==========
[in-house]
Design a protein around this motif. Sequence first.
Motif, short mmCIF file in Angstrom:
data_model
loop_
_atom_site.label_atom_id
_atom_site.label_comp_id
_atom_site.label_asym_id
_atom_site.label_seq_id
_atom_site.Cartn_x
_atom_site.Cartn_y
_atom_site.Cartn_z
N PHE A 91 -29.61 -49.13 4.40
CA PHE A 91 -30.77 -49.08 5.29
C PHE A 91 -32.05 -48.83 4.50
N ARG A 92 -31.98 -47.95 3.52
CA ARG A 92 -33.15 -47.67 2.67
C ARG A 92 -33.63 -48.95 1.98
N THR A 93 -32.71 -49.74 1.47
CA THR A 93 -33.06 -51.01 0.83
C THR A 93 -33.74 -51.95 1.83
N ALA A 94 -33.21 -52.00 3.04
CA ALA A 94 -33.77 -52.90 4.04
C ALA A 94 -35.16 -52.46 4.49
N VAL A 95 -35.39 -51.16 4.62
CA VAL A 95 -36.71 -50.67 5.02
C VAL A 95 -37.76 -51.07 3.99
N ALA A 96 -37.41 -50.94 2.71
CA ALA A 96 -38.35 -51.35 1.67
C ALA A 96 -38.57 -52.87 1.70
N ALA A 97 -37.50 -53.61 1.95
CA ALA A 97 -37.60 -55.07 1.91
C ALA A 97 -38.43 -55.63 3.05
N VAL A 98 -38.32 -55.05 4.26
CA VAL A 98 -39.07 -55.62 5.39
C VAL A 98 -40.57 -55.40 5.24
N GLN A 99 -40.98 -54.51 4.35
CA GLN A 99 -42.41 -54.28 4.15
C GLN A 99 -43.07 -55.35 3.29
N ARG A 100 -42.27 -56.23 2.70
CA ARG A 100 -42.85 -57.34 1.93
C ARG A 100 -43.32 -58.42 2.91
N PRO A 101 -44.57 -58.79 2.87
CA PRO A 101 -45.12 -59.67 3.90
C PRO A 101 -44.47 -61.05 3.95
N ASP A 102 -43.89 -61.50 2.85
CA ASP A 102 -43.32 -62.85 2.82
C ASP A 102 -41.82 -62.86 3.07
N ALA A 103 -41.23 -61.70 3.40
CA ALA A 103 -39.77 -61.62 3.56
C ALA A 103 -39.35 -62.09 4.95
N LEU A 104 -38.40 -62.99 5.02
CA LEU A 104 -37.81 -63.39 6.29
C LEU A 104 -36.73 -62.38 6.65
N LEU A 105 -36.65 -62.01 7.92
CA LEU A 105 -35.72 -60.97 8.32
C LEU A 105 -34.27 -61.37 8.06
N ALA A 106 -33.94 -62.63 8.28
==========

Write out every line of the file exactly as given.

[in-house]
Design a protein around this motif. Sequence first.
Motif, short mmCIF file in Angstrom:
data_model
loop_
_atom_site.label_atom_id
_atom_site.label_comp_id
_atom_site.label_asym_id
_atom_site.label_seq_id
_atom_site.Cartn_x
_atom_site.Cartn_y
_atom_site.Cartn_z
N PHE A 91 -29.61 -49.13 4.40
CA PHE A 91 -30.77 -49.08 5.29
C PHE A 91 -32.05 -48.83 4.50
N ARG A 92 -31.98 -47.95 3.52
CA ARG A 92 -33.15 -47.67 2.67
C ARG A 92 -33.63 -48.95 1.98
N THR A 93 -32.71 -49.74 1.47
CA THR A 93 -33.06 -51.01 0.83
C THR A 93 -33.74 -51.95 1.83
N ALA A 94 -33.21 -52.00 3.04
CA ALA A 94 -33.77 -52.90 4.04
C ALA A 94 -35.16 -52.46 4.49
N VAL A 95 -35.39 -51.16 4.62
CA VAL A 95 -36.71 -50.67 5.02
C VAL A 95 -37.76 -51.07 3.99
N ALA A 96 -37.41 -50.94 2.71
CA ALA A 96 -38.35 -51.35 1.67
C ALA A 96 -38.57 -52.87 1.70
N ALA A 97 -37.50 -53.61 1.95
CA ALA A 97 -37.60 -55.07 1.91
C ALA A 97 -38.43 -55.63 3.05
N VAL A 98 -38.32 -55.05 4.26
CA VAL A 98 -39.07 -55.62 5.39
C VAL A 98 -40.57 -55.40 5.24
N GLN A 99 -40.98 -54.51 4.35
CA GLN A 99 -42.41 -54.28 4.15
C GLN A 99 -43.07 -55.35 3.29
N ARG A 100 -42.27 -56.23 2.70
CA ARG A 100 -42.85 -57.34 1.93
C ARG A 100 -43.32 -58.42 2.91
N PRO A 101 -44.57 -58.79 2.87
CA PRO A 101 -45.12 -59.67 3.90
C PRO A 101 -44.47 -61.05 3.95
N ASP A 102 -43.89 -61.50 2.85
CA ASP A 102 -43.32 -62.85 2.82
C ASP A 102 -41.82 -62.86 3.07
N ALA A 103 -41.23 -61.70 3.40
CA ALA A 103 -39.77 -61.62 3.56
C ALA A 103 -39.35 -62.09 4.95
N LEU A 104 -38.40 -62.99 5.02
CA LEU A 104 -37.81 -63.39 6.29
C LEU A 104 -36.73 -62.38 6.65
N LEU A 105 -36.65 -62.01 7.92
CA LEU A 105 -35.72 -60.97 8.32
C LEU A 105 -34.27 -61.37 8.06
N ALA A 106 -33.94 -62.63 8.28